Teachers can discuss racism, slavery in class but parents can remove students from “objectionable” lessons  

  • The Black Lives Matter demonstrators take a knee in front of the Concord Police station on their way to the State House during their rally on Saturday afternoon, June 6, 2020.

Monitor staff
Published: 7/22/2021 3:37:05 PM

Teaching about the country’s history of slavery, its racist Jim Crow Laws, the Civil Rights Movement of the 1960s and the modern Black Lives Matter movement won’t violate state law even if those lessons make students uncomfortable, according to legal advice from the state Attorney General’s Office. 

“These lessons may encourage or prompt students to reflect upon whether and how racism, sexism, or other practices have or have not affected their lives. Even discussion of historical practices and their lingering impact upon different identified groups can cause this discomfort,” states the legal advice to educators that was released this week in response to changes to state law. “The mere fact that a lesson may make students, faculty or parents uncomfortable does not mean that the school has violated the Prohibition on Teaching Discrimination.”

The new law, known as the “Right to Freedom from Discrimination in Public Workplaces and Education,” was passed with the state budget in June and regulates teaching of “divisive concepts” relating to race and sex. The law prohibits schools or government agencies from teaching that an individual is racist, sexist or otherwise oppressive “consciously or unconsciously,” and applies to all classroom and extracurricular activities K-12 public and public charter schools. At the college and university level, the law applies to workplace training sessions, but not to classrooms.

The guidance, which was announced by Attorney General John Formella, Education Commissioner Frank Edelblut and Commission for Human Rights Executive Director Ahni Malachi, has been eagerly awaited since June by educators and civil rights activists who are keen to know how the new law will impact school curriculums, workplace diversity training and police implicit bias classes.

According to the new guidance document, K-12 public schools are not allowed to teach that one identified group of people (categorized by race, age, gender, sexual orientation, religion or more) are inherently superior or inferior to any other group, or that any group should be discriminated against or not treated equally. Schools are also not allowed to teach that one category of people is “inherently racist, sexist or oppressive, whether consciously or unconsciously,” an advisory aimed at classroom conversations about systemic racism and unconscious bias.

However, according to the document, schools can discuss these types of ideas “as part of a larger course of academic instruction.”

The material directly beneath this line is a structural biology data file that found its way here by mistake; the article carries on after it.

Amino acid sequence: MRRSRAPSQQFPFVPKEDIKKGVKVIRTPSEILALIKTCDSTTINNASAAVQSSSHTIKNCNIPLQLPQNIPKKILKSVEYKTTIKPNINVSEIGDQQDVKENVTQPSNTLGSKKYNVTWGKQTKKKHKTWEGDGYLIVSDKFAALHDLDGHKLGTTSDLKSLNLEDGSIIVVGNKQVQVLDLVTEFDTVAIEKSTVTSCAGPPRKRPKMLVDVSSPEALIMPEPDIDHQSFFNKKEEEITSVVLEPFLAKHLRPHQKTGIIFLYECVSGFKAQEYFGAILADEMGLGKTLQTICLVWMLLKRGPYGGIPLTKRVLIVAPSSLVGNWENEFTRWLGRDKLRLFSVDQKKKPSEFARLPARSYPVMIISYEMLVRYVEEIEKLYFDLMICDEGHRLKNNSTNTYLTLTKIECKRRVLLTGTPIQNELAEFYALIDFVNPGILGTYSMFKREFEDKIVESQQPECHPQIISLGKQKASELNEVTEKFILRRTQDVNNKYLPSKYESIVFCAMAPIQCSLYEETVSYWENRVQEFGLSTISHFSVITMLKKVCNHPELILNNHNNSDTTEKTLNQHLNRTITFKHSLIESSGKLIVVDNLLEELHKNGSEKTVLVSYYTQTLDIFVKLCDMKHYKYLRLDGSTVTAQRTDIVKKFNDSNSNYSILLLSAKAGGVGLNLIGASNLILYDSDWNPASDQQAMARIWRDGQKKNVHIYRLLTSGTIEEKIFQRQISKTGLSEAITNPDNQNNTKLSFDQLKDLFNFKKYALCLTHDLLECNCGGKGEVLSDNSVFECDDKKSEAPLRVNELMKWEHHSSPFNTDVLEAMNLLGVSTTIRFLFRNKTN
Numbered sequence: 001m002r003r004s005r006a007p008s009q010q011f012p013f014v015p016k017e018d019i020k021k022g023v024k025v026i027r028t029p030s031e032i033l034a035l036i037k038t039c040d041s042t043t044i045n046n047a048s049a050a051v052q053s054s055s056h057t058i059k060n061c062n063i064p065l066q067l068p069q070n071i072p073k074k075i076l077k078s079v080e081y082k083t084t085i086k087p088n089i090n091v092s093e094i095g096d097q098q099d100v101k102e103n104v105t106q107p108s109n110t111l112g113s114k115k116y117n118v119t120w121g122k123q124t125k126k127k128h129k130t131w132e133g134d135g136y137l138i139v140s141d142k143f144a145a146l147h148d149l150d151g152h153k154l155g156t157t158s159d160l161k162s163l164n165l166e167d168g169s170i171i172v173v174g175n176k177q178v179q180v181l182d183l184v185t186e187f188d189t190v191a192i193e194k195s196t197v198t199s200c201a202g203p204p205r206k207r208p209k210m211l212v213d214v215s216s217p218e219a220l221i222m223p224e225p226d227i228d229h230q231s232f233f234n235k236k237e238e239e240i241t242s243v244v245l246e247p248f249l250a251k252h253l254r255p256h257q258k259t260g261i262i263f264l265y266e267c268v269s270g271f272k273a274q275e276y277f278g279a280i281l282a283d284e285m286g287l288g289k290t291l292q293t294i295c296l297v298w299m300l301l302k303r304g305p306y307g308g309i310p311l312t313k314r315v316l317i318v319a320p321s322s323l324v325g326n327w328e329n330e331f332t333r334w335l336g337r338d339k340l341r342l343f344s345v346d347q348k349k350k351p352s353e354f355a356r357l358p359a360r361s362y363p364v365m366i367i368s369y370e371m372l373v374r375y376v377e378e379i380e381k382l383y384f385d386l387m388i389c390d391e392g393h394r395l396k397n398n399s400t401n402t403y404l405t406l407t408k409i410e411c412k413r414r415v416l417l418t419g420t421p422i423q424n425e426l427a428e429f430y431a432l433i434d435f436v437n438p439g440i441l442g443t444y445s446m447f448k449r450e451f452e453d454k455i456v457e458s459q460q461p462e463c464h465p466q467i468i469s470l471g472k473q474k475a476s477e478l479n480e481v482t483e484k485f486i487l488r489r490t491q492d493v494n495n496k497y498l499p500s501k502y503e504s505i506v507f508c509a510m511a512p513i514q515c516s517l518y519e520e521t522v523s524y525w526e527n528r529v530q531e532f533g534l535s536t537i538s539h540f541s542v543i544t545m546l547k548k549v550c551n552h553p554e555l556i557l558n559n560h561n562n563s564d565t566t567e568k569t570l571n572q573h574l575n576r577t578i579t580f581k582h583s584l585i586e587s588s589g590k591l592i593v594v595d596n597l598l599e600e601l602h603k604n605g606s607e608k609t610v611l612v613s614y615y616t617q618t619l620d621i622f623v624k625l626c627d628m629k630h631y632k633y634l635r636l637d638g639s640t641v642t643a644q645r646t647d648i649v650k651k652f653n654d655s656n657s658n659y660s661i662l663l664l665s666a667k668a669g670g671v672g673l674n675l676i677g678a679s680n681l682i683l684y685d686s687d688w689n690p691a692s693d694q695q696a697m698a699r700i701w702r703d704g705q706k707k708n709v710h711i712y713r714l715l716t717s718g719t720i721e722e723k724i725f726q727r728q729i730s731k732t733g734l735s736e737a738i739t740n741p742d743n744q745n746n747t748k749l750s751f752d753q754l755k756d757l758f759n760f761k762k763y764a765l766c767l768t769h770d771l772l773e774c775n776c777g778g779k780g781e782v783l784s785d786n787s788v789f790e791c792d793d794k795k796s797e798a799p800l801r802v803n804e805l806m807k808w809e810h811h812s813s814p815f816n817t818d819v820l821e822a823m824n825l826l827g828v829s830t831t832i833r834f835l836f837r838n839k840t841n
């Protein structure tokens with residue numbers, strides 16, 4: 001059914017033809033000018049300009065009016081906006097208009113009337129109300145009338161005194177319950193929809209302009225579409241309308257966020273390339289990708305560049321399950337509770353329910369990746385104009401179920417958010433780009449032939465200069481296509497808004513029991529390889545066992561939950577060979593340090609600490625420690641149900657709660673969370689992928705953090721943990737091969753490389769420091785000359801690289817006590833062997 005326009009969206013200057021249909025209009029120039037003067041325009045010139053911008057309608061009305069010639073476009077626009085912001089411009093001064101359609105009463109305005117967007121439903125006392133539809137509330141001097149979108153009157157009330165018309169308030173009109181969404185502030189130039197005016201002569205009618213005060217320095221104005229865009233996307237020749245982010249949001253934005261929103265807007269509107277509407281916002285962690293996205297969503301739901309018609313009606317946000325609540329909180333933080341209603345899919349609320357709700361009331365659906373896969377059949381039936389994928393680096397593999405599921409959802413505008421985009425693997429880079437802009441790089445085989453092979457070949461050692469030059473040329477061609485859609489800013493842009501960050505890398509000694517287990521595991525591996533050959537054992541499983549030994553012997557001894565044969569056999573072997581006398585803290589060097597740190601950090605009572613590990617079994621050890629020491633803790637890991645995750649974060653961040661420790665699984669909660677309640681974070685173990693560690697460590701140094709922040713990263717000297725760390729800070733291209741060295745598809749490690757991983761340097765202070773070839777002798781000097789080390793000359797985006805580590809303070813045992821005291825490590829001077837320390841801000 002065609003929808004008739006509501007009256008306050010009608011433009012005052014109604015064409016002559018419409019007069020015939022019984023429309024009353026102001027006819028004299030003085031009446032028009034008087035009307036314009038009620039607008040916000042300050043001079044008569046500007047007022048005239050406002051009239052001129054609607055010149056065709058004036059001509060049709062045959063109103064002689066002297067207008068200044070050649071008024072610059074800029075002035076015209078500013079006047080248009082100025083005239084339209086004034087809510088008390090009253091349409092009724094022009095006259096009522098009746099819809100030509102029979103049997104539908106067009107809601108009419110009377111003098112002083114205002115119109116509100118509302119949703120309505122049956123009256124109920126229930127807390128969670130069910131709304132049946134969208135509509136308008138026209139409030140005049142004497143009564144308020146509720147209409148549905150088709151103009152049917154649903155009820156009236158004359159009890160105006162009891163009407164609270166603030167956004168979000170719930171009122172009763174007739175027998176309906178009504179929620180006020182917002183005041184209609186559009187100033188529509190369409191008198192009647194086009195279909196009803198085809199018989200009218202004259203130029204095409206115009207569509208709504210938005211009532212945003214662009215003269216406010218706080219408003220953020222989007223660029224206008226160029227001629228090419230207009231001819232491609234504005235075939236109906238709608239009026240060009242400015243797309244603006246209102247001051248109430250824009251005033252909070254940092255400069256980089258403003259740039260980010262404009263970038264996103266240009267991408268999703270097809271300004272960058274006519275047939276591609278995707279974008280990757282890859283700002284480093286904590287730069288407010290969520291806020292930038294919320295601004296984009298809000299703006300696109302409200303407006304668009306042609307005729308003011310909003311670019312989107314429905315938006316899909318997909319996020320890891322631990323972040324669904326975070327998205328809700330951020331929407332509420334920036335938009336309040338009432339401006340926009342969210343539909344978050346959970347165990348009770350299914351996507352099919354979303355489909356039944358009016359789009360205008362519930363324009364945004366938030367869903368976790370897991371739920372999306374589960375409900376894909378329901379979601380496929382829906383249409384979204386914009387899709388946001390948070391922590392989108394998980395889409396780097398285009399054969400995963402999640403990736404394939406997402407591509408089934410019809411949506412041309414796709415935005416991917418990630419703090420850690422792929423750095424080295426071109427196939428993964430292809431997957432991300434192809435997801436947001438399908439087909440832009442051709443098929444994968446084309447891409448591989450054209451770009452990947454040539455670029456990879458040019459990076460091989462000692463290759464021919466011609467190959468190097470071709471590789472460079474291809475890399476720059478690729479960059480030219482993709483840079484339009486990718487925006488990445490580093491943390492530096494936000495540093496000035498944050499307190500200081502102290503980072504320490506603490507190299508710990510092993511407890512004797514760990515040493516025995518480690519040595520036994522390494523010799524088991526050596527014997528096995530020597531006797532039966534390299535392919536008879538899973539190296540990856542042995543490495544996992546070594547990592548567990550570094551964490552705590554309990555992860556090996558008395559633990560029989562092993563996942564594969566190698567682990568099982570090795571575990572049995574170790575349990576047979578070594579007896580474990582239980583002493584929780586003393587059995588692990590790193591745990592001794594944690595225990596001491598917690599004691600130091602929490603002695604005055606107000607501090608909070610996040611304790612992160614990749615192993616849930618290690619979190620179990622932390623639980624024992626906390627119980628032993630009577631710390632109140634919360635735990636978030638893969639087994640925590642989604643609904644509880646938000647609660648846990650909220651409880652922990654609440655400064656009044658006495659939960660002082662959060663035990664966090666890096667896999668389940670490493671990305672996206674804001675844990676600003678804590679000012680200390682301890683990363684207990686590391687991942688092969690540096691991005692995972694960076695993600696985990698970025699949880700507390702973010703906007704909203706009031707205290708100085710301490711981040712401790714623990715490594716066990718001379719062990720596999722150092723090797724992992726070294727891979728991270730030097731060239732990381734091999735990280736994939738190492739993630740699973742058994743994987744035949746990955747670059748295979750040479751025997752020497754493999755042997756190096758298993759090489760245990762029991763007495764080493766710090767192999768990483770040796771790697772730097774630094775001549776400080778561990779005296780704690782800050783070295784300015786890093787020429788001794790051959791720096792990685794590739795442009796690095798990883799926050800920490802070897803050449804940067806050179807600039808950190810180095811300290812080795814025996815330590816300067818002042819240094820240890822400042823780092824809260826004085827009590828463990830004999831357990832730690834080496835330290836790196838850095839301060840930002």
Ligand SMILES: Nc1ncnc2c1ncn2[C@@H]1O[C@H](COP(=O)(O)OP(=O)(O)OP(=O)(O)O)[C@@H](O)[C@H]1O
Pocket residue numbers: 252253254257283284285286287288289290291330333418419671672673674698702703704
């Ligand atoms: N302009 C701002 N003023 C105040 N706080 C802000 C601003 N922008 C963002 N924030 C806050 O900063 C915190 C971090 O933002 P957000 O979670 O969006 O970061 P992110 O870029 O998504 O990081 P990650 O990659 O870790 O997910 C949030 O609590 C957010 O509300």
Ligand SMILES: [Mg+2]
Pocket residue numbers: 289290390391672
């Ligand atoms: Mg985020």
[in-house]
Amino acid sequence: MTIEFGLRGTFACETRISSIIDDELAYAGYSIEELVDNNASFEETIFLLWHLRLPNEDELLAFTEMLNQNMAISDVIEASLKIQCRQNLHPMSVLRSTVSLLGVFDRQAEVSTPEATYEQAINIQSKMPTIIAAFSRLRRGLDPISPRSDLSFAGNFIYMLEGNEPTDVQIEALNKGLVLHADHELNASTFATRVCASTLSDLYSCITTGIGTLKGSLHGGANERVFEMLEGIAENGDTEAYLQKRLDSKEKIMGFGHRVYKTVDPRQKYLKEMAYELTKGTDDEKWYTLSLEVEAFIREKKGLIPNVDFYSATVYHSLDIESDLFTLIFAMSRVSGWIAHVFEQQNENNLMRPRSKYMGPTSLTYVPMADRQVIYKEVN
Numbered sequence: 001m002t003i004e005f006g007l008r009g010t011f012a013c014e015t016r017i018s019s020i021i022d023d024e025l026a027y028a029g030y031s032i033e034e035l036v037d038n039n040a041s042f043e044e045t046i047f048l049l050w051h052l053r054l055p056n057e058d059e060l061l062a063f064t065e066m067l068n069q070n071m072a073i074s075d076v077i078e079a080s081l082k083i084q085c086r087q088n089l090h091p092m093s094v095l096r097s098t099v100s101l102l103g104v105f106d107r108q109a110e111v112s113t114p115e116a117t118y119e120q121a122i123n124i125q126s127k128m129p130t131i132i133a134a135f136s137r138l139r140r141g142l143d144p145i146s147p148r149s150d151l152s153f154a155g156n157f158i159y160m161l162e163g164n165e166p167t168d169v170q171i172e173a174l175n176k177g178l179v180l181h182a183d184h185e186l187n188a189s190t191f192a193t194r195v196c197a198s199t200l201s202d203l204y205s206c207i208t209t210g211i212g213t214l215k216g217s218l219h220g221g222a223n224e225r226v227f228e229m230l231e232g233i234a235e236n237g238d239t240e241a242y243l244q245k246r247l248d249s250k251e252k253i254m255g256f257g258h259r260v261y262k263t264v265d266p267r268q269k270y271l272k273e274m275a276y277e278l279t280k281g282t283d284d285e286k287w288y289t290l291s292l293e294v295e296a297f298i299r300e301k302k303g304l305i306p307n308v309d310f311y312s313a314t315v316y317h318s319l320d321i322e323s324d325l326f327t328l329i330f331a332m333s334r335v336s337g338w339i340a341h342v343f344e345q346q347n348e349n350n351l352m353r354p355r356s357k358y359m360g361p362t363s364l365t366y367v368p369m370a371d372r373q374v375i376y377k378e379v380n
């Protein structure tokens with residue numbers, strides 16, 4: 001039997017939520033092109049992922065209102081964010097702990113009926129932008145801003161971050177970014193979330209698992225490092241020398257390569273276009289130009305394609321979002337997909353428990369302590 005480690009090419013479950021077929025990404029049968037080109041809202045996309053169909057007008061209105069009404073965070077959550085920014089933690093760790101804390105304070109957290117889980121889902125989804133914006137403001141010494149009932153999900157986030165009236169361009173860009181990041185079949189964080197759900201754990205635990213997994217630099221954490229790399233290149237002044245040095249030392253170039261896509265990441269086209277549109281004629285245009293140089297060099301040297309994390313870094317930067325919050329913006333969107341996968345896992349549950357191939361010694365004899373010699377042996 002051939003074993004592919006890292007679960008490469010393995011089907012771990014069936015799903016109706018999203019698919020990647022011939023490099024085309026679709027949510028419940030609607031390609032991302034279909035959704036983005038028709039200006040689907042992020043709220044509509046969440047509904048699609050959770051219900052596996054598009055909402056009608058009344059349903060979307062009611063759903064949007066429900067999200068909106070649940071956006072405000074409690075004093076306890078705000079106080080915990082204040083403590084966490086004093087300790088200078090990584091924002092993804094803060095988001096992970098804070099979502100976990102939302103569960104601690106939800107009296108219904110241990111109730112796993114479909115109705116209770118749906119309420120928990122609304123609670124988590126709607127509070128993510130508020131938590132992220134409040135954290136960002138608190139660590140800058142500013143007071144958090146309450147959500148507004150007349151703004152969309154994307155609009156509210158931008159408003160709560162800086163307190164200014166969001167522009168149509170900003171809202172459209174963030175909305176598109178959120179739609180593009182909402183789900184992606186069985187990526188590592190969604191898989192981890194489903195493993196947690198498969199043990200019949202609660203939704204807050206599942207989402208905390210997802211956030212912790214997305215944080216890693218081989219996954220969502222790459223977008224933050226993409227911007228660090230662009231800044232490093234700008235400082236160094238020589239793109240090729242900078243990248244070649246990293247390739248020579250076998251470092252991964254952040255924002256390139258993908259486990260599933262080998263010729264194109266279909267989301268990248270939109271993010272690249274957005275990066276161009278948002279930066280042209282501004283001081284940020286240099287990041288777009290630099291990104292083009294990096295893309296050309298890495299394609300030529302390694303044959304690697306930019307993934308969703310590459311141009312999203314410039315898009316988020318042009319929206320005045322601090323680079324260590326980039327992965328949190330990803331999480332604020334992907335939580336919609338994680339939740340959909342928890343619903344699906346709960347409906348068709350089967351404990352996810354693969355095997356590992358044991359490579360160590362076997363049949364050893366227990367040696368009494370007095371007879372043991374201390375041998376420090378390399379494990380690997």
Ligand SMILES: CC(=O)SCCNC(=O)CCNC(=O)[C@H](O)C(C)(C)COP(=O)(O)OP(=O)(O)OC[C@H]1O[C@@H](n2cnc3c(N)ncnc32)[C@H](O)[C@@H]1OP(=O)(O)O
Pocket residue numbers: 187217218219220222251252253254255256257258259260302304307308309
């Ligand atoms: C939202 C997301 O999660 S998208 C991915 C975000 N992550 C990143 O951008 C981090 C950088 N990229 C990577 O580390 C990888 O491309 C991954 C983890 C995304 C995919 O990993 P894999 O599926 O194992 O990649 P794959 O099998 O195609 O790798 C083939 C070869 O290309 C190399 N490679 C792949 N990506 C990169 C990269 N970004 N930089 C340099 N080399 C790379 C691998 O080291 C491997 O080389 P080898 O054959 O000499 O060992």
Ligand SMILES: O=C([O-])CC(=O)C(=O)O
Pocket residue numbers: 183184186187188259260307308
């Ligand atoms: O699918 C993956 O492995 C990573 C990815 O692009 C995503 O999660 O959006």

“Nothing prohibits schools from teaching about discrimination, including the historical existence of these ideas,” the FAQ sheet reads.

The law does not prohibit teachers from discussing aspects of U.S. history that relate to racism or adverse treatment of women, LGBTQ+ people and people with disabilities.

The guidance document makes it clear that if a student or parent finds a certain lesson “uncomfortable,” it does not mean the school has violated a state law.

However, parents can remove their child from participation in specific course material, in accordance with a pre-existing New Hampshire law that allows students to be given an alternative assignment to education material their parents find “objectionable.”

In addition, a student or parent who believes a school has violated the new state discrimination law can file a complaint with the New Hampshire Commission for Human Rights or with the New Hampshire Office of the Attorney General, or can file a civil claim in superior court to seek damages.  If the state finds a teacher has violated the law, it’s considered a violation of the educator code of conduct and could result in a disciplinary sanction against the teacher by the state Board of Education.

Besides the guidance issued for schools, the state also issued a guidance for public employers and government programs, which mainly regulates workplace training programs.

Eileen O

Eileen O'Grady is a Report for America corps member covering education for the Concord Monitor since spring 2020. O’Grady is the former managing editor of Scope magazine at Northeastern University in Boston, where she reported on social justice issues, community activism, local politics and the COVID-19 pandemic. She is a native Vermonter and worked as a reporter covering local politics for the Shelburne News and the Citizen. Her work has also appeared in The Boston Globe, U.S. News & World Report, The Bay State Banner, and VTDigger. She has a master’s degree in journalism from Northeastern University and a bachelor’s degree in politics and French from Mount Holyoke College, where she served as news editor for the Mount Holyoke News from 2017-2018.

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